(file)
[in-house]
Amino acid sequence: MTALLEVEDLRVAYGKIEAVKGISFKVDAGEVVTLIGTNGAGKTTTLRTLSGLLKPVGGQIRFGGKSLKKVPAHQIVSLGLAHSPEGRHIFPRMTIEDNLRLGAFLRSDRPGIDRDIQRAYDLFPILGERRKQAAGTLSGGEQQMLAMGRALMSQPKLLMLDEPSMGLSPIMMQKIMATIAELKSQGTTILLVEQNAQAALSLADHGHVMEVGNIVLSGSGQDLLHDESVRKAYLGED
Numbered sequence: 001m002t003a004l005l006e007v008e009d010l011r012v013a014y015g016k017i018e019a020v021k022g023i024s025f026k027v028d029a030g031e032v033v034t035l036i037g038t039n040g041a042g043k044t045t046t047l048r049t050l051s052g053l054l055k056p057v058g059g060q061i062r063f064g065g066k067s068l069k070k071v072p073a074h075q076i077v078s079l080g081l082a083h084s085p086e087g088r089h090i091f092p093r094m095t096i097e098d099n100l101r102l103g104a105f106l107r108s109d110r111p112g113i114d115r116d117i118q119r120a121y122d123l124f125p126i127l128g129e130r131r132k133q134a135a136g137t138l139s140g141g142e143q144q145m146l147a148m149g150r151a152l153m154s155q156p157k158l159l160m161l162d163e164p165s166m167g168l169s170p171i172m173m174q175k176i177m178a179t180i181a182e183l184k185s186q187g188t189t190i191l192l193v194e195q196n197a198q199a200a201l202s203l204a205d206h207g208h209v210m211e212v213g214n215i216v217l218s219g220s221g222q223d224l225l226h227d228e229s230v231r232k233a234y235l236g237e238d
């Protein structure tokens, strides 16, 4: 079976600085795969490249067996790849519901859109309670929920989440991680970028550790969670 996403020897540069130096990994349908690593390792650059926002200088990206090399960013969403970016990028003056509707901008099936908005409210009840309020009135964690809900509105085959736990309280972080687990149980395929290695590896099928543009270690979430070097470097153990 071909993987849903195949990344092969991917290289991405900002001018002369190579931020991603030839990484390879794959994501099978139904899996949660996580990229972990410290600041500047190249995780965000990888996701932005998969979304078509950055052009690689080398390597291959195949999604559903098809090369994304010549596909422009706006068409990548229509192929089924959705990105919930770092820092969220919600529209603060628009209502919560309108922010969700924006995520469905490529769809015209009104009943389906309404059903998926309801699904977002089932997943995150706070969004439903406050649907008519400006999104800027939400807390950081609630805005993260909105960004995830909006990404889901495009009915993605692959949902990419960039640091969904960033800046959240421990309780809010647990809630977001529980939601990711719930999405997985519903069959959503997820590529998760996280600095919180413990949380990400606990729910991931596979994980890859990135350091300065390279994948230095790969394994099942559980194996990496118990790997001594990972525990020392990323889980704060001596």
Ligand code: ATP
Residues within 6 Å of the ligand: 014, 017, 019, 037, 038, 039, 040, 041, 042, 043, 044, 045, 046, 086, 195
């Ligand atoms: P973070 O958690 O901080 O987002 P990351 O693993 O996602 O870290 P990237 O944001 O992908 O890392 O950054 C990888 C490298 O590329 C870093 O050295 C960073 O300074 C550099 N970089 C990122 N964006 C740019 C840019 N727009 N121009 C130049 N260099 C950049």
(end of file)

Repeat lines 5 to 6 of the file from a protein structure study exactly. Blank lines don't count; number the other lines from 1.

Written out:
Ligand code: ATP
Residues within 6 Å of the ligand: 014, 017, 019, 037, 038, 039, 040, 041, 042, 043, 044, 045, 046, 086, 195